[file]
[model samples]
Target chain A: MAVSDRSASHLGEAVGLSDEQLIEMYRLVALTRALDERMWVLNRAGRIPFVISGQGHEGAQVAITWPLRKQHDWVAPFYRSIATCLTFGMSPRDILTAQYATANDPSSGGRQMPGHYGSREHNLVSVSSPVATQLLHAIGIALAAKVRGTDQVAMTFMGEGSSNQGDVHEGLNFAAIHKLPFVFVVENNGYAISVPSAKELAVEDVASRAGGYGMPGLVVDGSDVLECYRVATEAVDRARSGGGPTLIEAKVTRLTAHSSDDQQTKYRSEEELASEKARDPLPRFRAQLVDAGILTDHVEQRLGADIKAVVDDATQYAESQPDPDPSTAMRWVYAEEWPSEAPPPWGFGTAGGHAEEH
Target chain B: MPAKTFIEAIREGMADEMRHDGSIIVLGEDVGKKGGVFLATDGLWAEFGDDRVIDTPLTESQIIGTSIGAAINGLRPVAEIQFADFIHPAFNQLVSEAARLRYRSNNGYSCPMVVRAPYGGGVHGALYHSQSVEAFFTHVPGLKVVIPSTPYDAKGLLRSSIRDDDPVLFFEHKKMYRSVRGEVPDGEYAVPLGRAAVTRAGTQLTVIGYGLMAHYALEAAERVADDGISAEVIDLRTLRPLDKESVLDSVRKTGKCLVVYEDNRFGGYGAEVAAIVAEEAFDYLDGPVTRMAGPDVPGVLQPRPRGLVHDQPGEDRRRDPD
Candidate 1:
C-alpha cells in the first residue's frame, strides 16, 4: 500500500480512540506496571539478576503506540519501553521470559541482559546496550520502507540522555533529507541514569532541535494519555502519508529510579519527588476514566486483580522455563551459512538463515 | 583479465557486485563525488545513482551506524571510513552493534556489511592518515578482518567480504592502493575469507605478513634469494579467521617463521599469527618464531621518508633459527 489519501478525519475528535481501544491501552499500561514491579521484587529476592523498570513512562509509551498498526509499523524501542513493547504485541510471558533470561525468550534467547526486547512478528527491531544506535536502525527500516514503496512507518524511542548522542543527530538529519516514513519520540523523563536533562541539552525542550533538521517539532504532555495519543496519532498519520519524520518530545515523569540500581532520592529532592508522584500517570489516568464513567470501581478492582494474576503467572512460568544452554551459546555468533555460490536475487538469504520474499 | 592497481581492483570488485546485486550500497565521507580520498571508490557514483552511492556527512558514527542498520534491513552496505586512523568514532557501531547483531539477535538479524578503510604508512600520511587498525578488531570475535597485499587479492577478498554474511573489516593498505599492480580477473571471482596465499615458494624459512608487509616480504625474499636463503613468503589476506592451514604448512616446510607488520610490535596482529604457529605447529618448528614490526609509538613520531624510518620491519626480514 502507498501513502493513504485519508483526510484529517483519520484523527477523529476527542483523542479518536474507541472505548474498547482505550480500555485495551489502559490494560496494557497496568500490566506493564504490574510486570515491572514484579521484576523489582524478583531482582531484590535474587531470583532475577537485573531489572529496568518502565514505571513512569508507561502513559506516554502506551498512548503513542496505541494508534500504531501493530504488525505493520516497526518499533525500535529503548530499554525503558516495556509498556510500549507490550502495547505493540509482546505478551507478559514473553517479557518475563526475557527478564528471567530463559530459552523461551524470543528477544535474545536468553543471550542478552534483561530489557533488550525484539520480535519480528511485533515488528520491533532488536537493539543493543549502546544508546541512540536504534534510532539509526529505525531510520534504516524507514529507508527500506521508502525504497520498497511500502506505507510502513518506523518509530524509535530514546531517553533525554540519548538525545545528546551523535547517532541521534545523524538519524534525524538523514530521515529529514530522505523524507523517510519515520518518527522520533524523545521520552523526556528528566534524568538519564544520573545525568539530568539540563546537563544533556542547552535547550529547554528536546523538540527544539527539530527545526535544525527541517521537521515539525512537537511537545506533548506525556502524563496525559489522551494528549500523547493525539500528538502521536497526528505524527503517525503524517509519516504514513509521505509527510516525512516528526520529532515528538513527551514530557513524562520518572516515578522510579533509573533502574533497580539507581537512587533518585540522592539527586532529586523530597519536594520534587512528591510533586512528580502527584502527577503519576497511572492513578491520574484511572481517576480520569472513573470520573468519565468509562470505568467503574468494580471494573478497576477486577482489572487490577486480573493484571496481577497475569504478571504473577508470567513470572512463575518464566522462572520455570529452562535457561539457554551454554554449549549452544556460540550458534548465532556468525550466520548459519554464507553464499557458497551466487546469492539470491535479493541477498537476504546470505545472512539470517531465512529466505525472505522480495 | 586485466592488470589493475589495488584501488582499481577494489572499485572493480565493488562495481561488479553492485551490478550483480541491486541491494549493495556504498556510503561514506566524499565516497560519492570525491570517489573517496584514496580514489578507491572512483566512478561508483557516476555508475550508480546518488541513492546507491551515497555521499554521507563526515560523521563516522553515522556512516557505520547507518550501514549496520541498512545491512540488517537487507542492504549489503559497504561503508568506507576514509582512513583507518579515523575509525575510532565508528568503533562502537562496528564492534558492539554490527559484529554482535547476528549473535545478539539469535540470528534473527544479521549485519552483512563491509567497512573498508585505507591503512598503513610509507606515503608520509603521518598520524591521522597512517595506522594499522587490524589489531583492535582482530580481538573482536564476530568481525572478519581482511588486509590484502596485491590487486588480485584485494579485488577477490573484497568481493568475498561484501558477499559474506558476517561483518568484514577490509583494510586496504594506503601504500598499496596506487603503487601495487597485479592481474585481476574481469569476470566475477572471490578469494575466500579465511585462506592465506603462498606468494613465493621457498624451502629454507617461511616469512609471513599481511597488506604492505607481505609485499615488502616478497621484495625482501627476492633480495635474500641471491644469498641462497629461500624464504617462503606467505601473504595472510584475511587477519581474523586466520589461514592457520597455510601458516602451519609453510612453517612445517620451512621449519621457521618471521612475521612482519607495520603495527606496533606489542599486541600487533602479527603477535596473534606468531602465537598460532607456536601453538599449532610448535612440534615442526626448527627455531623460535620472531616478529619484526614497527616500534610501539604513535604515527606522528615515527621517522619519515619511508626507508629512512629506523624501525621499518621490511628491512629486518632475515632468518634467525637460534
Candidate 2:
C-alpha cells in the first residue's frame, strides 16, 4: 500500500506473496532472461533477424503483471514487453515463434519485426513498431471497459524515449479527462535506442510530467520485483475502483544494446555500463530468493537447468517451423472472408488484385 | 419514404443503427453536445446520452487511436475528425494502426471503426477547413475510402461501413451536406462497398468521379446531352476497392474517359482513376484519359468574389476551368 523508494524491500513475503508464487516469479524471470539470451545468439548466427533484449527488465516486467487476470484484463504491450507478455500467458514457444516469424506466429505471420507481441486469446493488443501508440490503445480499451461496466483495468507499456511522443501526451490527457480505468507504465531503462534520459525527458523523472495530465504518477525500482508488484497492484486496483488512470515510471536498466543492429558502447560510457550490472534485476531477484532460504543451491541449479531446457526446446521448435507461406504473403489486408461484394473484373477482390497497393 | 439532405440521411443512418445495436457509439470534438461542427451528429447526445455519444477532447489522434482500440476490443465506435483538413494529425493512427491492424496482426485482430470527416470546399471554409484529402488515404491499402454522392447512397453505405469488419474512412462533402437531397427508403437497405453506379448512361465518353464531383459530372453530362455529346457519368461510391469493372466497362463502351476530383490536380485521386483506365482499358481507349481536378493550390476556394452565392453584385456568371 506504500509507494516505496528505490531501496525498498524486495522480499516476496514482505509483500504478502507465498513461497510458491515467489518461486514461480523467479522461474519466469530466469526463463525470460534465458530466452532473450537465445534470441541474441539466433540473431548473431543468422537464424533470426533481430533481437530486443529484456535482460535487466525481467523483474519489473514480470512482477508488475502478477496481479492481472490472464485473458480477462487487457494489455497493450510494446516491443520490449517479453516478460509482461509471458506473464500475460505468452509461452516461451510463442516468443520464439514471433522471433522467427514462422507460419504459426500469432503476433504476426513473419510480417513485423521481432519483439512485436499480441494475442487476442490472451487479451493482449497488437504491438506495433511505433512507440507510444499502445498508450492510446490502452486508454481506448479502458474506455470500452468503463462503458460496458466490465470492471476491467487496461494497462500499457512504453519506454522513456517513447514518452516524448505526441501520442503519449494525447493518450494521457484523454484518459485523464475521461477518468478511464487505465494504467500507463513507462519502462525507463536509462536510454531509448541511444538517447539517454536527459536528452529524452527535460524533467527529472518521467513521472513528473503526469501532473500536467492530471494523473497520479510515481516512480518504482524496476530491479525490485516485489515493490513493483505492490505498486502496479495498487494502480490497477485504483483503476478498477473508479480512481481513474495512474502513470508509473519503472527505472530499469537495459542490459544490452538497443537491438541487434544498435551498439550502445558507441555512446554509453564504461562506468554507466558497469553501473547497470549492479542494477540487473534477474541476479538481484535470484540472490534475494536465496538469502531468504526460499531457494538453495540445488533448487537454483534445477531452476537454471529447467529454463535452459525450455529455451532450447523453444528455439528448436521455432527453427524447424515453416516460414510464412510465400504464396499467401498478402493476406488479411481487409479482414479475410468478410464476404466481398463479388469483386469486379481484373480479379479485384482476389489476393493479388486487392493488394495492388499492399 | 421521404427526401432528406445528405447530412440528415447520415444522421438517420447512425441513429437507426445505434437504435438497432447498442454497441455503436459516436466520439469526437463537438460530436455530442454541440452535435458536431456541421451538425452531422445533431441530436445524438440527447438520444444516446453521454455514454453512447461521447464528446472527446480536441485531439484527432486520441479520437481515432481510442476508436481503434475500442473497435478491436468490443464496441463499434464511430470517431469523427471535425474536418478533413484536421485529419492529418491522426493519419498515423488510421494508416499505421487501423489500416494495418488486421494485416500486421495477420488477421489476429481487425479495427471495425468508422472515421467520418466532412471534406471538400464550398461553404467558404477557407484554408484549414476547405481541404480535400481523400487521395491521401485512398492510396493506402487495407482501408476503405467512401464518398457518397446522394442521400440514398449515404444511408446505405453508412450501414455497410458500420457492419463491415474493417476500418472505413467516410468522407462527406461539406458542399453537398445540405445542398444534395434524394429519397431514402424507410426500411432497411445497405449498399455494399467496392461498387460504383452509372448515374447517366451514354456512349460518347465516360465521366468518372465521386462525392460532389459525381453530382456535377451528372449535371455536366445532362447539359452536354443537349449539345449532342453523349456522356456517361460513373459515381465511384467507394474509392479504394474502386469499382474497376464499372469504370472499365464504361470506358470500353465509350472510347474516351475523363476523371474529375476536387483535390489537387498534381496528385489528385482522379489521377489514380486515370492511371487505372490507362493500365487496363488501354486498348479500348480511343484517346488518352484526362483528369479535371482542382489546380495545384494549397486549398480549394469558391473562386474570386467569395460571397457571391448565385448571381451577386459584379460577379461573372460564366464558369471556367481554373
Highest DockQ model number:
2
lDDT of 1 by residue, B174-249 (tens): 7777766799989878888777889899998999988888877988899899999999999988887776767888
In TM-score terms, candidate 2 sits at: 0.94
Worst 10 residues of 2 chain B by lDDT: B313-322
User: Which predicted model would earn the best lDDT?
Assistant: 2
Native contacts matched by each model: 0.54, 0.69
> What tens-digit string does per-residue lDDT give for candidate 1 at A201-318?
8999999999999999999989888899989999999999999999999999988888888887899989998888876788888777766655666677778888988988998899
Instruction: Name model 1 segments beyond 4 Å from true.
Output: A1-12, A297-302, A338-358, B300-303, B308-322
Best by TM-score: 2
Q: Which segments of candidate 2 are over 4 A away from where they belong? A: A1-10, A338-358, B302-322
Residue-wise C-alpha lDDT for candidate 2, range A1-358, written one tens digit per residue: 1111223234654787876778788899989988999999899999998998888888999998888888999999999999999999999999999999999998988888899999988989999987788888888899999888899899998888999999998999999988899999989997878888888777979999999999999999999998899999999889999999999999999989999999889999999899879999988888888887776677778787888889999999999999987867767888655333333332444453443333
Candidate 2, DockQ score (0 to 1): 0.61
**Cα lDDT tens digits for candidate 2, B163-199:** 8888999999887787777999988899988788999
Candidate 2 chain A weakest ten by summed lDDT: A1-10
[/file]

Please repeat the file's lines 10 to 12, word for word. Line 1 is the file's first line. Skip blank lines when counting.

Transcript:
lDDT of 1 by residue, B174-249 (tens): 7777766799989878888777889899998999988888877988899899999999999988887776767888
In TM-score terms, candidate 2 sits at: 0.94
Worst 10 residues of 2 chain B by lDDT: B313-322